RB: Can you tell us about a favorite (or two) from your collection?
JH: Two books that impacted my development as an architect and someone who writes about architecture come to mind. The one that’s in Buildings in Print is The Manhattan Transcripts by Bernard Tschumi, first published in 1981 and then expanded a decade later. Originally a series of gallery shows, the book uses illustrations that are more cinematic than architectural to argue for the divorcing of function from form, upending Louis Sullivan's famous dictum that "form ever follows function." The book's arguments and innovative methods of notation have influenced many architects since, myself included.
The second book, which isn’t in Buildings in Print because it doesn’t have any illustrations, is File Under Architecture by Herbert Muschamp, published by MIT Press in 1974. I read the book—an enthusiastic, freewheeling critique of architecture from the future New York Times architecture critic—after checking it out at the public library during my senior year in high school (I've since found a copy for my library). The book's unique design, with corrugated cardboard covers, yellow-taped spine, brown paper, and Courier font, is what led me to pull it off the shelf and check it out, but it was Muschamp's words that entranced me. While the book didn't single-handedly push me to go to architecture school, it definitely played a part in getting me interested in writing about architecture.
RB: What is the “holy grail” of illustrated architecture books?
JH: Alvin Boyarsky, head of the Architectural Association in London from 1971 until his death in 1990, put out a number of publication series that served to promote the efforts of the school but also, more importantly, made publishing an integral part of architecture. None are more desirable than the “Folio” series, which consisted of fourteen boxed sets, each with around two-dozen, 12-inch-square loose prints of drawings by an architect exhibiting at the school. Though not bound, these catalogs—as much art as architecture and suitable for framing—are extremely rare and expensive, especially those by architects who would eventually gain international fame, including Tschumi, Zaha Hadid, Daniel Libeskind, and Peter Eisenman.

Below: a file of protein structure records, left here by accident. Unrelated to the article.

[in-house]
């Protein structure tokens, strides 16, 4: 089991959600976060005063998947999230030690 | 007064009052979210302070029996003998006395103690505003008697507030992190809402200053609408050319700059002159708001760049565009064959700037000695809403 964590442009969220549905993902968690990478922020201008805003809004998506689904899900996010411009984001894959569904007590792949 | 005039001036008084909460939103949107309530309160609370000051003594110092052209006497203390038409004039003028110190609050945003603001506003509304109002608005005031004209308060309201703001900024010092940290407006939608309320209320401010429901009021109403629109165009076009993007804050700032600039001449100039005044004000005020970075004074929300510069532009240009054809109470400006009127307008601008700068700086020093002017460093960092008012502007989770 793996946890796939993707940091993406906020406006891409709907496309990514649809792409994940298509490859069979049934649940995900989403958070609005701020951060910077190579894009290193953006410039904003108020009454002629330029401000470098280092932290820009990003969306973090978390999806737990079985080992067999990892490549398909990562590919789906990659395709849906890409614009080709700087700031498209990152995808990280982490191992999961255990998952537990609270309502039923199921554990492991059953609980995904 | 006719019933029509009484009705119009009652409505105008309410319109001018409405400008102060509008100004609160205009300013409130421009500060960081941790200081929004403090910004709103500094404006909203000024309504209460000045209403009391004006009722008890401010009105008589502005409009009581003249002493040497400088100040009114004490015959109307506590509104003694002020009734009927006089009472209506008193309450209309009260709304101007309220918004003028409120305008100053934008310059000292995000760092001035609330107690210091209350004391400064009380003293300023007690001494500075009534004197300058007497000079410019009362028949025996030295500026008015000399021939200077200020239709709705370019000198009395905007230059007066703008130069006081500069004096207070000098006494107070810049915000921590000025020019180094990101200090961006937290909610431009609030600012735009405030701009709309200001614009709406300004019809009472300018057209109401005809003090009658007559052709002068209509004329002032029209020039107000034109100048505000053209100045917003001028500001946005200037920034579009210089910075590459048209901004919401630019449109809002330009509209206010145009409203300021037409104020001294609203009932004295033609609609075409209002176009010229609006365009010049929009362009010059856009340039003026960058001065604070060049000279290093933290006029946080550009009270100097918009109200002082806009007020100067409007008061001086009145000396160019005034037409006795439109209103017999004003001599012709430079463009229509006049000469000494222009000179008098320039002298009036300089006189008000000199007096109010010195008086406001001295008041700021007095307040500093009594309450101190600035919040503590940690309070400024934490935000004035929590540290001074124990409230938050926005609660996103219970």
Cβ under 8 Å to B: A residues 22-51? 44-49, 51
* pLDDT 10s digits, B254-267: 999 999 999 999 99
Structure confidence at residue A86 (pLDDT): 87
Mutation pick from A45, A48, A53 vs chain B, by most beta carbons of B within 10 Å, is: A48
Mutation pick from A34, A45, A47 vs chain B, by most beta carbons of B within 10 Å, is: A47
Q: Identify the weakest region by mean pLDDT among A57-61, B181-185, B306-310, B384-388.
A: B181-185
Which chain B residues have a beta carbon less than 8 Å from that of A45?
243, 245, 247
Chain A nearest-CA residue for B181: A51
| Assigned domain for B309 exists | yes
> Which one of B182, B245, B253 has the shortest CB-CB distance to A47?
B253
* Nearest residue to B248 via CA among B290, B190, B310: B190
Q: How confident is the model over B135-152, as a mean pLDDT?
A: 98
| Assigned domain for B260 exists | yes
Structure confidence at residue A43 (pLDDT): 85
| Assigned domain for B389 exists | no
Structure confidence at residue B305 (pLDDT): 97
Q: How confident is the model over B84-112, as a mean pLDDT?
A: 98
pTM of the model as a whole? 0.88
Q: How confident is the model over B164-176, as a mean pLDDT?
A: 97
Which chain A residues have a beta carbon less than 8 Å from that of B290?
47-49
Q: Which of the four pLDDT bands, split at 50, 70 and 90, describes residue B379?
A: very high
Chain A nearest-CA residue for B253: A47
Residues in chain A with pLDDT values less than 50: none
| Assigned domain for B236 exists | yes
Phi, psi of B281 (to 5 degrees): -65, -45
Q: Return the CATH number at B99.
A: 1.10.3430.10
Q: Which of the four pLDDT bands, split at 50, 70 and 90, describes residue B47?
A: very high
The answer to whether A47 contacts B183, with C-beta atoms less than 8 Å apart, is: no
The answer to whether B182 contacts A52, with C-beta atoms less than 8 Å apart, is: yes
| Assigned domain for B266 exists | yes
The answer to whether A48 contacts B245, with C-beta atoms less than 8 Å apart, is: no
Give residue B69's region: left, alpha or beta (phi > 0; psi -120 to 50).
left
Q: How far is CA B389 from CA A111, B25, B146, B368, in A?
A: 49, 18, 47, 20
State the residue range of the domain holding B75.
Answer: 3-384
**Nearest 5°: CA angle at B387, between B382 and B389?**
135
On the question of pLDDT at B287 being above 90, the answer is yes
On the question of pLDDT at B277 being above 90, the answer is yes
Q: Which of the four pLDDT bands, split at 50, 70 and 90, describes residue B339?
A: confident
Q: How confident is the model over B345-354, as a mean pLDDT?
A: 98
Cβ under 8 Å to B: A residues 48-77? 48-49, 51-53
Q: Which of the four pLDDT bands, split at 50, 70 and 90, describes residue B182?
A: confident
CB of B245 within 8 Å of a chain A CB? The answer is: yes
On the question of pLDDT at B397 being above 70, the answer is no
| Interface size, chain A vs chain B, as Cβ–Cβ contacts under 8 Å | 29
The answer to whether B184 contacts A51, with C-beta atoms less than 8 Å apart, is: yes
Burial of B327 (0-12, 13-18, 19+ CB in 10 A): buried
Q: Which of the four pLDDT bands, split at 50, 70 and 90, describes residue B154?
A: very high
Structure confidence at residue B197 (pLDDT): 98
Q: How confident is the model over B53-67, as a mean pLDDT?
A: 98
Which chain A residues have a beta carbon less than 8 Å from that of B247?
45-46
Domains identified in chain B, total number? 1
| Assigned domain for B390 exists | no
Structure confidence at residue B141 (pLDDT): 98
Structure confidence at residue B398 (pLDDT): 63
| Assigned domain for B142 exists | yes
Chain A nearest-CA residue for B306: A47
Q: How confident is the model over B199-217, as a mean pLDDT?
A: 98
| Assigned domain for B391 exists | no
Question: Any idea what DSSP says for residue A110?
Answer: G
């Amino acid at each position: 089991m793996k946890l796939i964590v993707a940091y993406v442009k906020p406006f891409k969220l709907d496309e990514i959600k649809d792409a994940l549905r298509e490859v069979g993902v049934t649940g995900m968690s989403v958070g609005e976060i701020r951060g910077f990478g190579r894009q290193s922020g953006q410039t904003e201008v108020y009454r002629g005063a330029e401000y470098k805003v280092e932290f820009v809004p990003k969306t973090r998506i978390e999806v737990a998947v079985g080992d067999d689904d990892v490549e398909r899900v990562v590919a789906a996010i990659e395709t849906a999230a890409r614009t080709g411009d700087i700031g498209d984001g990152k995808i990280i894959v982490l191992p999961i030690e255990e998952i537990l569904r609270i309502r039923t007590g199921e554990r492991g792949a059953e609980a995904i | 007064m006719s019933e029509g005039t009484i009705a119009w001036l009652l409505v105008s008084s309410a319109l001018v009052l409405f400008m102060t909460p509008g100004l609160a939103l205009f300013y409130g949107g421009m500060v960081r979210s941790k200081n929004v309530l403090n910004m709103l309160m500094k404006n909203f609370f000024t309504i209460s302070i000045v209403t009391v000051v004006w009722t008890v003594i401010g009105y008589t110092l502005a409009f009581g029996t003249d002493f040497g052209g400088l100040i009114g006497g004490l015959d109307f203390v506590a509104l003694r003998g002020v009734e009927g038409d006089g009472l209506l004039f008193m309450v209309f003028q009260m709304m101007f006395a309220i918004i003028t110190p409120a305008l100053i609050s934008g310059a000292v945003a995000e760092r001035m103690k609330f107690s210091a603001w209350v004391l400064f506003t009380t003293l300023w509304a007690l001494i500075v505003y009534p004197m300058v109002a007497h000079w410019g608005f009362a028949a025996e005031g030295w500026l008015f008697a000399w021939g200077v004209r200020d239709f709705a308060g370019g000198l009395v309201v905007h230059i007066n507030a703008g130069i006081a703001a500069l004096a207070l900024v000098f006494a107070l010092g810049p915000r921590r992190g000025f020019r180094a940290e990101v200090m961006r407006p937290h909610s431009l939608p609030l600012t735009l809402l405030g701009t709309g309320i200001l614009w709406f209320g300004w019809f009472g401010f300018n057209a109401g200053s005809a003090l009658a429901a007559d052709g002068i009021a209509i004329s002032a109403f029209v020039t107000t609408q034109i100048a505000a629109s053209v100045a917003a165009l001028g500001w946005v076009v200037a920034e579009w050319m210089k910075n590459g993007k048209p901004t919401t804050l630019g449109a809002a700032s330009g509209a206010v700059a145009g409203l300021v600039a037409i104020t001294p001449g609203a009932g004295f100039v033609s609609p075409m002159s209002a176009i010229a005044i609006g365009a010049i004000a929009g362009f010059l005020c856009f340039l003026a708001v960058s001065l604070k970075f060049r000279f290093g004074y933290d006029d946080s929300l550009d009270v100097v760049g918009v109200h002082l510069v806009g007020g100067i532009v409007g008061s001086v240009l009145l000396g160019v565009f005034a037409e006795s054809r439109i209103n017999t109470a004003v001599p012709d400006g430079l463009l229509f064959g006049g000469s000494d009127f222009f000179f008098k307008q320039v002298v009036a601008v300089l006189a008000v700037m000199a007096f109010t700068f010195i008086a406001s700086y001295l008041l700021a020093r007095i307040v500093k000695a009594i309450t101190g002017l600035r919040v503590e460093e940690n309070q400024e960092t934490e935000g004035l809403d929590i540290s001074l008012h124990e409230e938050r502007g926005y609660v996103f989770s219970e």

For bound architecture books, one such “holy grail” is the monograph on Swiss architect Peter Zumthor published by Lars Müller in 1998. Peter Zumthor Works: Buildings and Projects 1979–1997 features black linen-wrapped boards without a dust jacket, primarily black-and-white photographs by Hélène Binet, and drawings and brief descriptions by the architect—a minimalist expression aligned with Zumthor’s minimalist designs. Many books on Zumthor have been published since, but they have not satiated the desire of architects to get ahold of this early book, one that, unlike the AA Folios, has a cherished place on my bookshelf.